Southern Africa is a disproportionate source of the grasses that have invaded other parts of the world, Richardson has found. Grasses evolved there to take advantage of frequent disturbances, such as fire and grazing by herds of wildlife, making them tough competitors in new habitats. And once they gain a roothold outside Africa, fire often follows. In the United States, when scientists compared fire behavior in areas invaded by fire-prone grasses with nearby uninvaded areas, they found six different grasses were tied to as much as a 150% increase in fire frequency, according to a 2019 report in the Proceedings of the National Academy of Sciences.
In northern Australia, the arrival of gamba grass has provided a textbook example of this process. In the 1980s, the Australian government promoted planting the African grass as forage for cattle. But ecologists soon warned of the dangers it posed to the nation’s tropical savannas, a mix of sparse grasses and eucalyptus trees that cover one-quarter of the continent. The original ecosystem evolved with frequent, low-level fires, including ones set by Indigenous Aboriginal people to create open savannas that improved hunting and provided habitats for specific plants and animals.
But gamba grass formed dense walls of vegetation, reaching 4 meters tall, that transformed fire behavior. The grass burned four times more intensely than native vegetation during experimental burns, researchers found. The flames ran so high and hot that they had to abandon a common gauge of fire behavior—measuring the highest scorched leaves in a tree—because even the highest leaves in gamba-infested sites were singed.
In 2008, several Australian states reversed course, restricting the use of gamba grass. But in many places it was too late. By then the grass covered more than 15,000 square kilometers. Researchers fear it could ultimately spread through much of the country’s 2 million square kilometers of tropical savanna.
Oregon, meanwhile, shows how a single invasive grass species can alter both rangelands and forests. In 2015, reports of Ventenata-driven fires reached Becky Kerns, an ecologist at USFS’s Pacific Northwest Research Station. Kerns had given little thought to the plant, in part because other invasive grasses were already causing headaches in the region. Cheatgrass, for example, was spreading in parts of Oregon. But the harsh scablands had proved inhospitable to that invader. Ventenata, Kerns says, “was really a game changer.”
A year after the Corner Creek Fire, Kerns and a group of Oregon State University graduate students began to examine what wiregrass might mean for the region. Their findings were alarming. In scablands overtaken by Ventenata, they found oceans of grass that create fuel loads 50 times greater than in areas free of the species. Compared with cheatgrass, wiregrass can colonize cooler, higher elevation locations and take root in thinner soils.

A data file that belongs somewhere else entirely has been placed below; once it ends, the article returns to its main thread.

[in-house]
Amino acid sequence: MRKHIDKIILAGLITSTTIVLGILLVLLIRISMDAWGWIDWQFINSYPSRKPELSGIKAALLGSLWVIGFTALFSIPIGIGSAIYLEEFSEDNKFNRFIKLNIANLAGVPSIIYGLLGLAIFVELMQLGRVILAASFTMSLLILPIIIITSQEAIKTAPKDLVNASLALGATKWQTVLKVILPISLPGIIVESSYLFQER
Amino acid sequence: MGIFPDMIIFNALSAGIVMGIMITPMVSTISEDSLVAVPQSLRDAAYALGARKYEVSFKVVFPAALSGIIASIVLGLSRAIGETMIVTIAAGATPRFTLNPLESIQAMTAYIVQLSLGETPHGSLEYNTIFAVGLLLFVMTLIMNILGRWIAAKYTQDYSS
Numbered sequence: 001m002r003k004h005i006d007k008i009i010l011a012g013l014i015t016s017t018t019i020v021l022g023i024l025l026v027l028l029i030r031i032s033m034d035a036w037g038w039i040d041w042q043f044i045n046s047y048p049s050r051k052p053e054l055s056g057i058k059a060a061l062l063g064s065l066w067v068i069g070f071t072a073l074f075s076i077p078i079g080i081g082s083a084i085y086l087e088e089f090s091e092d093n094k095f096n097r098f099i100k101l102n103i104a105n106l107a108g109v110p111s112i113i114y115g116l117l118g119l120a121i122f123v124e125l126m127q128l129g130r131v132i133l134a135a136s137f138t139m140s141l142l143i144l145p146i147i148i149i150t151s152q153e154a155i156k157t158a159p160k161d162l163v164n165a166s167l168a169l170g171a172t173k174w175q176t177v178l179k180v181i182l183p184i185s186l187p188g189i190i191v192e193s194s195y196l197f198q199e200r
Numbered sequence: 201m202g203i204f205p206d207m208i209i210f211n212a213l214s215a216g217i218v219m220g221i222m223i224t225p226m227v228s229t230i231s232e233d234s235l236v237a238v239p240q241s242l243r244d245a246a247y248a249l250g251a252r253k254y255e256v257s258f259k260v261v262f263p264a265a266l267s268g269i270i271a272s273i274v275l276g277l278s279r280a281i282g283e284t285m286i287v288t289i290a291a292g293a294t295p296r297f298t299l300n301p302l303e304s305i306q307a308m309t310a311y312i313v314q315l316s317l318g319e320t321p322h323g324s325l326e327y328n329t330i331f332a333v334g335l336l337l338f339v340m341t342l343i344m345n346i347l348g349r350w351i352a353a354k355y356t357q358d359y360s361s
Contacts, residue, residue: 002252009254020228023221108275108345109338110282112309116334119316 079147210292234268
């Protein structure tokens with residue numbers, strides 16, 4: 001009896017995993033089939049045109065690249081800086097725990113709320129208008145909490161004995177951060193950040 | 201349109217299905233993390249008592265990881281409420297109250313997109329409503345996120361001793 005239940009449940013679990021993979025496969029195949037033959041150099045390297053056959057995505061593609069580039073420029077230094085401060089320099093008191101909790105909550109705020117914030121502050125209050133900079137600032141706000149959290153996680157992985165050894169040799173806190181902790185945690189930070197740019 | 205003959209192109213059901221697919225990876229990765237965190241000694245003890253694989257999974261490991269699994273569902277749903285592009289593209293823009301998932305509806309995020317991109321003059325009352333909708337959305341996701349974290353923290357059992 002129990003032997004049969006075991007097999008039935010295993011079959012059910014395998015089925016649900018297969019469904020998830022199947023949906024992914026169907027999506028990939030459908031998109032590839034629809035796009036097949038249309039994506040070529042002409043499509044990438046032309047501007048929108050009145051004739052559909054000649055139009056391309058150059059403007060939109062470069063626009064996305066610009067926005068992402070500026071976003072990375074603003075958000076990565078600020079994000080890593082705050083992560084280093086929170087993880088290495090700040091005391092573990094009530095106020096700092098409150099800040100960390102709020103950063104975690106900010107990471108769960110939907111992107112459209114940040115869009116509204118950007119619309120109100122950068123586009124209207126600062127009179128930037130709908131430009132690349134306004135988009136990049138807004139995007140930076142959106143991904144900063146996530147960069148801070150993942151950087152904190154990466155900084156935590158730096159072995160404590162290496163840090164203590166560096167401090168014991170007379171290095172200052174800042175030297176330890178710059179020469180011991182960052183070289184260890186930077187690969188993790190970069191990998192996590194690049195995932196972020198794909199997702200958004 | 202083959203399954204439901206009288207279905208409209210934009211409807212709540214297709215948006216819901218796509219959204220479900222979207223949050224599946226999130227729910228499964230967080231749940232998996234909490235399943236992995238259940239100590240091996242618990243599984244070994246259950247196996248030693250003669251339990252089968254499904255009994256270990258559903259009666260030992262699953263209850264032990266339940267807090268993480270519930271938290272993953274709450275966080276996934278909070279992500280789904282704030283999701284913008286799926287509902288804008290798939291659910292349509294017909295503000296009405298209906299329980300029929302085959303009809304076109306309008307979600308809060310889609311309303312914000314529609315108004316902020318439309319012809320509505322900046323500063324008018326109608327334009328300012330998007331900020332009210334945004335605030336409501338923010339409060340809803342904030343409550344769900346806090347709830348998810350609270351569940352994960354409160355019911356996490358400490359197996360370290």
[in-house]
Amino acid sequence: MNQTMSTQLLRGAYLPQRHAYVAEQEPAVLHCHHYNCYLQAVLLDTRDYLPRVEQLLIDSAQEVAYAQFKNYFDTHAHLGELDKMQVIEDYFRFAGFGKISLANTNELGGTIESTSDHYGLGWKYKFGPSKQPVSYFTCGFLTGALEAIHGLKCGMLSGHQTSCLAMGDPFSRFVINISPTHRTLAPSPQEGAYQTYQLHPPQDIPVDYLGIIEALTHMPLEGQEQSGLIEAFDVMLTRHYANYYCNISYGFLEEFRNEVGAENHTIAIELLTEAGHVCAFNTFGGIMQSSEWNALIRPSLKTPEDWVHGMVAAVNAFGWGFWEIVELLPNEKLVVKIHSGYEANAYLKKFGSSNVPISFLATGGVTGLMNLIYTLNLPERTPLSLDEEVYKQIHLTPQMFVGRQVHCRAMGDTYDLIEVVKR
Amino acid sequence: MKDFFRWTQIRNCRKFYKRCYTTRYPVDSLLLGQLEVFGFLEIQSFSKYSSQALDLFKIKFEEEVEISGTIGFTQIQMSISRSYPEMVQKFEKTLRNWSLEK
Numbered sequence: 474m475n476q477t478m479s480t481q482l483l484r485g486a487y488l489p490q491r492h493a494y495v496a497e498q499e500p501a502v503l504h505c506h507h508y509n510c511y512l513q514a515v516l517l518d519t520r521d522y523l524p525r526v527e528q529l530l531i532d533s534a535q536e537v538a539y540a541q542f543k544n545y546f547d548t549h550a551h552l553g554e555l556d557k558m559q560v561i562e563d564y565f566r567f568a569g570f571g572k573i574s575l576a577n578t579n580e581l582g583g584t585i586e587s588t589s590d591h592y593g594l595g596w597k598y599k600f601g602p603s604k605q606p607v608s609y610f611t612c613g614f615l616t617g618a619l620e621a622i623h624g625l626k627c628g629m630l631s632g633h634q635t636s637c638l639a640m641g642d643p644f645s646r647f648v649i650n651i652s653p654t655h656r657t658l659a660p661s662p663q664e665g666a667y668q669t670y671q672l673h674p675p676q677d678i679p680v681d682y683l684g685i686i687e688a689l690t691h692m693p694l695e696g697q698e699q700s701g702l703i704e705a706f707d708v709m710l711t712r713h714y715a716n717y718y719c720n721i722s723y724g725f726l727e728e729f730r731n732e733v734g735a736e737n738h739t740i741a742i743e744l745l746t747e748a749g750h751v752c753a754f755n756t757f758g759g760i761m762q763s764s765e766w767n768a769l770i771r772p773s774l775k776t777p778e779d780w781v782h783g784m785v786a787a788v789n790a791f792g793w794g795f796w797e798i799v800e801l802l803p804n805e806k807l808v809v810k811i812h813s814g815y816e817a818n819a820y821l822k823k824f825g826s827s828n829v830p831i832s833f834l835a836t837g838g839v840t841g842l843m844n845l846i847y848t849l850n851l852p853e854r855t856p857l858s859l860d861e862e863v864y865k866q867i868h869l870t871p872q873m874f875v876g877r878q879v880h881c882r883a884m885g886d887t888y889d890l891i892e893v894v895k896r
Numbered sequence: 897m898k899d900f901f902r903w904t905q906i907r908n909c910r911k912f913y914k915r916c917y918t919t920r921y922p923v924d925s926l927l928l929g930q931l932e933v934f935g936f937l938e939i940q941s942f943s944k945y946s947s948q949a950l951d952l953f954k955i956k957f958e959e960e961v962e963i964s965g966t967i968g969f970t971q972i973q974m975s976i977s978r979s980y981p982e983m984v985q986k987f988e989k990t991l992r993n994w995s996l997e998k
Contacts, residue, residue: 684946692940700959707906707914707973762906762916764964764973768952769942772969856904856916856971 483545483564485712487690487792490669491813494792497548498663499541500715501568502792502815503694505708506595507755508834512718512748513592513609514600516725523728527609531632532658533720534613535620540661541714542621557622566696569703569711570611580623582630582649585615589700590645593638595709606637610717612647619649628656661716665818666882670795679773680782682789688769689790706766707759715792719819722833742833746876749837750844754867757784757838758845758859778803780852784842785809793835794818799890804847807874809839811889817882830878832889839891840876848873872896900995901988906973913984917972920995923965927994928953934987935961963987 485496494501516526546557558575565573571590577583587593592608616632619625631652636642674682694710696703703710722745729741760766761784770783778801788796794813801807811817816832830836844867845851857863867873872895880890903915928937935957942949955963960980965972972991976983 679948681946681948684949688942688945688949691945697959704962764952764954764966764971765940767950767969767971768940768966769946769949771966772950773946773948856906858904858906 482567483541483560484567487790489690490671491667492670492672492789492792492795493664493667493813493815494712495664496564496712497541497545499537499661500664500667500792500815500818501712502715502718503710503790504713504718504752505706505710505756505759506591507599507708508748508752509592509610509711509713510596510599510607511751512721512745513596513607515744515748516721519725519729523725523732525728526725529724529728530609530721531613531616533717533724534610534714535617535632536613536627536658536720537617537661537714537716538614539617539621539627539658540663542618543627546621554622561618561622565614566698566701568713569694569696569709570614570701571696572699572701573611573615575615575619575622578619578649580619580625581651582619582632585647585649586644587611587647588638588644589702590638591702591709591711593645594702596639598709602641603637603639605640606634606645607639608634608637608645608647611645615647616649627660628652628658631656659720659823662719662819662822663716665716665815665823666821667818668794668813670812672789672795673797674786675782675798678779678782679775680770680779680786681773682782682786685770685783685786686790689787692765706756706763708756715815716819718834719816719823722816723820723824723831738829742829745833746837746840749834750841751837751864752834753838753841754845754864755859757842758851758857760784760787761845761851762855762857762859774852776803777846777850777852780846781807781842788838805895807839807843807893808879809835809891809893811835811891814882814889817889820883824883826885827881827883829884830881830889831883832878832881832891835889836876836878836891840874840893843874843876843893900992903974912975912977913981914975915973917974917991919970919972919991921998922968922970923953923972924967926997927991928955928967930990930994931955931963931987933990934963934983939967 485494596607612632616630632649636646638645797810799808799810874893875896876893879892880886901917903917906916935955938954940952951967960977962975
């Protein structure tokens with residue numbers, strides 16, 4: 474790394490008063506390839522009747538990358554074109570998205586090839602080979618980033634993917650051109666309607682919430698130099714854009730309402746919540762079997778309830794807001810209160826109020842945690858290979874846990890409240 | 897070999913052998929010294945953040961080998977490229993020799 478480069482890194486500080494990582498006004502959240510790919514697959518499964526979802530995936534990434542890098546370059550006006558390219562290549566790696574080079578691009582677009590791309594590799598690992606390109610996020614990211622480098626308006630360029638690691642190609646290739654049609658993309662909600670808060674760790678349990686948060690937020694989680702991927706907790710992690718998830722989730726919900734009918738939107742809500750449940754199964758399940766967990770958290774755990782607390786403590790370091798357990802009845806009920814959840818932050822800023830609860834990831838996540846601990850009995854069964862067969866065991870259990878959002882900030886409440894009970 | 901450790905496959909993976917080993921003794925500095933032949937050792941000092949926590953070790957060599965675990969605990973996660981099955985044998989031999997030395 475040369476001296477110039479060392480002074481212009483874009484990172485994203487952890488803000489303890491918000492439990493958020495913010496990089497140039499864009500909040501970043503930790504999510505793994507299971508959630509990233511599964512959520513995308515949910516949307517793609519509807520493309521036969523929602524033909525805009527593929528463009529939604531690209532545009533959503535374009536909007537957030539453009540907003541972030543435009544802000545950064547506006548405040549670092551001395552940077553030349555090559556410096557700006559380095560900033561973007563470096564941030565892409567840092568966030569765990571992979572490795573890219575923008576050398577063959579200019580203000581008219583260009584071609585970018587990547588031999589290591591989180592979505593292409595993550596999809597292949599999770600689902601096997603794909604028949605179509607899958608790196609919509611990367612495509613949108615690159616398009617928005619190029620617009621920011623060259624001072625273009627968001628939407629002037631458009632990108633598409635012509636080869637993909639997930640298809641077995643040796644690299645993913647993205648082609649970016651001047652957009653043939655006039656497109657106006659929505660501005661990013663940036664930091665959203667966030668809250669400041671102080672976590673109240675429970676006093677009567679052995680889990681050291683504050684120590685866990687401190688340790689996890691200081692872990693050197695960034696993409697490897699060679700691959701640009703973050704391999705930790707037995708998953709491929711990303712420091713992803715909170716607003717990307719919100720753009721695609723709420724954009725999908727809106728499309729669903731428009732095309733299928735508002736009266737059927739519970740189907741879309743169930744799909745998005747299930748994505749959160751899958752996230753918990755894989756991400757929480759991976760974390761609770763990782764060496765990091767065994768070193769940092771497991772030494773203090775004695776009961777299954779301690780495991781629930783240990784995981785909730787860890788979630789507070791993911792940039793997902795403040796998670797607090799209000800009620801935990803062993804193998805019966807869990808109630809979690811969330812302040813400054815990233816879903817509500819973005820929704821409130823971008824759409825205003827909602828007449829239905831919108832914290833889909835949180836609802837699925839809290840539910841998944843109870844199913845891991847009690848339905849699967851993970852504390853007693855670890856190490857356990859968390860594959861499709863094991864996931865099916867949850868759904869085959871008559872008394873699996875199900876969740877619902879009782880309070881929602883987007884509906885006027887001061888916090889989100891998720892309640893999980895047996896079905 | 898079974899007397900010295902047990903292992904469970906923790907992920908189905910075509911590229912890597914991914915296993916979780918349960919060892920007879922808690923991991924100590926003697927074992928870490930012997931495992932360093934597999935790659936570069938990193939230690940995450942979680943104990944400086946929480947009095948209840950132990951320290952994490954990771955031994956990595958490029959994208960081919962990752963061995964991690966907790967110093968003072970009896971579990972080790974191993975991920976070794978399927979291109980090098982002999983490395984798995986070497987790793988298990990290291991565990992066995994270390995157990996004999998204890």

In the process it appears to be crowding out native plants, such as fire-intolerant sagebrush, that support the local wildlife. And it threatens rare endemic plants found in rocky scablands, such as Spalding’s catchfly, a federally protected perennial with pale pink, trumpet-shaped flowers.
Unlike some invasive grasses, Ventenata doesn’t appear to need disturbances such as fire to spread in some parts of eastern Oregon. In study plots on native prairies, the grass advanced just as quickly over unburned land covered with native bunchgrass as it did through plots burned for a long-term experiment. In both cases, in 10 years Ventenata spread from approximately 10% of the test plots to nearly 60%.
In forests, by contrast, fires do appear to help spread the grass, Kerns says. An examination of a decade of fires in the region revealed that more severely burned areas were more likely to be invaded. One explanation for that pattern, researchers say, is that although Ventenata doesn’t fare well in dense shade, it can encroach on forest edges, where it fuels fires that clear parts of the overstory, letting in more sunlight. Computer simulations suggest that cycle could gradually shrink forests, Kerns says, like waves eroding a beach.
That scenario was a revelation, and not a welcome one. Historically, Kerns says, land managers in the western United States have thought of invasive grasses as a problem for wide-open rangelands. But modeling suggests wiregrass could creep into many forests in eastern Oregon, as well as those in dry, higher mountains as far south as Arizona and New Mexico. “Ventenata has really challenged a lot of our notions about invasive grasses in the West,” she says.
In many locations, scientists are just beginning to document the impact of invasive grasses. In Hawaii, however, D’Antonio has been closely observing the interlopers since the early 1990s. And her ringside seat has enabled her to see how the effects can echo through a landscape in complex and surprising ways.